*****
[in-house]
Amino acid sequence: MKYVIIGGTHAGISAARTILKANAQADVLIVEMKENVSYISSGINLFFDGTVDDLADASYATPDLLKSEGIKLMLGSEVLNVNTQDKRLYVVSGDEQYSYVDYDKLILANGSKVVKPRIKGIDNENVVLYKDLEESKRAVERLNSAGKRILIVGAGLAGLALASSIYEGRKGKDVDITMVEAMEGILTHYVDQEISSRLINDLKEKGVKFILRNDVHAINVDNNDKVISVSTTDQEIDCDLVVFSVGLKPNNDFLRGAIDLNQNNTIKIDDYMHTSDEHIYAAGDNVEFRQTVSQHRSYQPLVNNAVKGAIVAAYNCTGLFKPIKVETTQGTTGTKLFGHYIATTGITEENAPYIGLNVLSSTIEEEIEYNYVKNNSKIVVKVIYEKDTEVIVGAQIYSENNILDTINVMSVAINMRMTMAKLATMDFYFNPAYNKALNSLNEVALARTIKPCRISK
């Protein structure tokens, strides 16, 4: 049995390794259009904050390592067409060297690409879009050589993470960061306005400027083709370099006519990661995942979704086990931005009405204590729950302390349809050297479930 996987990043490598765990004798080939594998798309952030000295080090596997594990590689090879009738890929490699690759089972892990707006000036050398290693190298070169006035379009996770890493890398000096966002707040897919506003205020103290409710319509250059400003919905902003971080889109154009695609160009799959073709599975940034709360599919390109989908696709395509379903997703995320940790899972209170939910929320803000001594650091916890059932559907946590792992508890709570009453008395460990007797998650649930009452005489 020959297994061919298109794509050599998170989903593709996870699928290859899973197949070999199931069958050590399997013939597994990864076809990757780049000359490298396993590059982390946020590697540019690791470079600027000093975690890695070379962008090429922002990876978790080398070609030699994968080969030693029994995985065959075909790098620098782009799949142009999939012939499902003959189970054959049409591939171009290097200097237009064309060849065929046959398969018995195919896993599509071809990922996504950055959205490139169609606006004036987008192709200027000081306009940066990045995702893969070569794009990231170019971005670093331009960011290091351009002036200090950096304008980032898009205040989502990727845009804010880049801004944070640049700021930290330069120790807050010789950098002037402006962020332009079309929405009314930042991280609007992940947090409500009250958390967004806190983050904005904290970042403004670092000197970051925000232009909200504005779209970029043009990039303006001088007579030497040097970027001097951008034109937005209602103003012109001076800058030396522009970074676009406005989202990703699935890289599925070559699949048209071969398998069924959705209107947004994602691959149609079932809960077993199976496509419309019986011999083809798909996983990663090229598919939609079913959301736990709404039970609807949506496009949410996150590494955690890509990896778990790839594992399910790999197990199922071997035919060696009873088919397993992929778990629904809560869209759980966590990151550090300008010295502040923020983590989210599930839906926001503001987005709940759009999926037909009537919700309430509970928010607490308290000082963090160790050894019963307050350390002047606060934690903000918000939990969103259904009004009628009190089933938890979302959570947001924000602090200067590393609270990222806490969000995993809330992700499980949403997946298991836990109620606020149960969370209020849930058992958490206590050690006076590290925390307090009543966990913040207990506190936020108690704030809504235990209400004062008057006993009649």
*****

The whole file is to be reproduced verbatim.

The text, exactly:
[in-house]
Amino acid sequence: MKYVIIGGTHAGISAARTILKANAQADVLIVEMKENVSYISSGINLFFDGTVDDLADASYATPDLLKSEGIKLMLGSEVLNVNTQDKRLYVVSGDEQYSYVDYDKLILANGSKVVKPRIKGIDNENVVLYKDLEESKRAVERLNSAGKRILIVGAGLAGLALASSIYEGRKGKDVDITMVEAMEGILTHYVDQEISSRLINDLKEKGVKFILRNDVHAINVDNNDKVISVSTTDQEIDCDLVVFSVGLKPNNDFLRGAIDLNQNNTIKIDDYMHTSDEHIYAAGDNVEFRQTVSQHRSYQPLVNNAVKGAIVAAYNCTGLFKPIKVETTQGTTGTKLFGHYIATTGITEENAPYIGLNVLSSTIEEEIEYNYVKNNSKIVVKVIYEKDTEVIVGAQIYSENNILDTINVMSVAINMRMTMAKLATMDFYFNPAYNKALNSLNEVALARTIKPCRISK
């Protein structure tokens, strides 16, 4: 049995390794259009904050390592067409060297690409879009050589993470960061306005400027083709370099006519990661995942979704086990931005009405204590729950302390349809050297479930 996987990043490598765990004798080939594998798309952030000295080090596997594990590689090879009738890929490699690759089972892990707006000036050398290693190298070169006035379009996770890493890398000096966002707040897919506003205020103290409710319509250059400003919905902003971080889109154009695609160009799959073709599975940034709360599919390109989908696709395509379903997703995320940790899972209170939910929320803000001594650091916890059932559907946590792992508890709570009453008395460990007797998650649930009452005489 020959297994061919298109794509050599998170989903593709996870699928290859899973197949070999199931069958050590399997013939597994990864076809990757780049000359490298396993590059982390946020590697540019690791470079600027000093975690890695070379962008090429922002990876978790080398070609030699994968080969030693029994995985065959075909790098620098782009799949142009999939012939499902003959189970054959049409591939171009290097200097237009064309060849065929046959398969018995195919896993599509071809990922996504950055959205490139169609606006004036987008192709200027000081306009940066990045995702893969070569794009990231170019971005670093331009960011290091351009002036200090950096304008980032898009205040989502990727845009804010880049801004944070640049700021930290330069120790807050010789950098002037402006962020332009079309929405009314930042991280609007992940947090409500009250958390967004806190983050904005904290970042403004670092000197970051925000232009909200504005779209970029043009990039303006001088007579030497040097970027001097951008034109937005209602103003012109001076800058030396522009970074676009406005989202990703699935890289599925070559699949048209071969398998069924959705209107947004994602691959149609079932809960077993199976496509419309019986011999083809798909996983990663090229598919939609079913959301736990709404039970609807949506496009949410996150590494955690890509990896778990790839594992399910790999197990199922071997035919060696009873088919397993992929778990629904809560869209759980966590990151550090300008010295502040923020983590989210599930839906926001503001987005709940759009999926037909009537919700309430509970928010607490308290000082963090160790050894019963307050350390002047606060934690903000918000939990969103259904009004009628009190089933938890979302959570947001924000602090200067590393609270990222806490969000995993809330992700499980949403997946298991836990109620606020149960969370209020849930058992958490206590050690006076590290925390307090009543966990913040207990506190936020108690704030809504235990209400004062008057006993009649």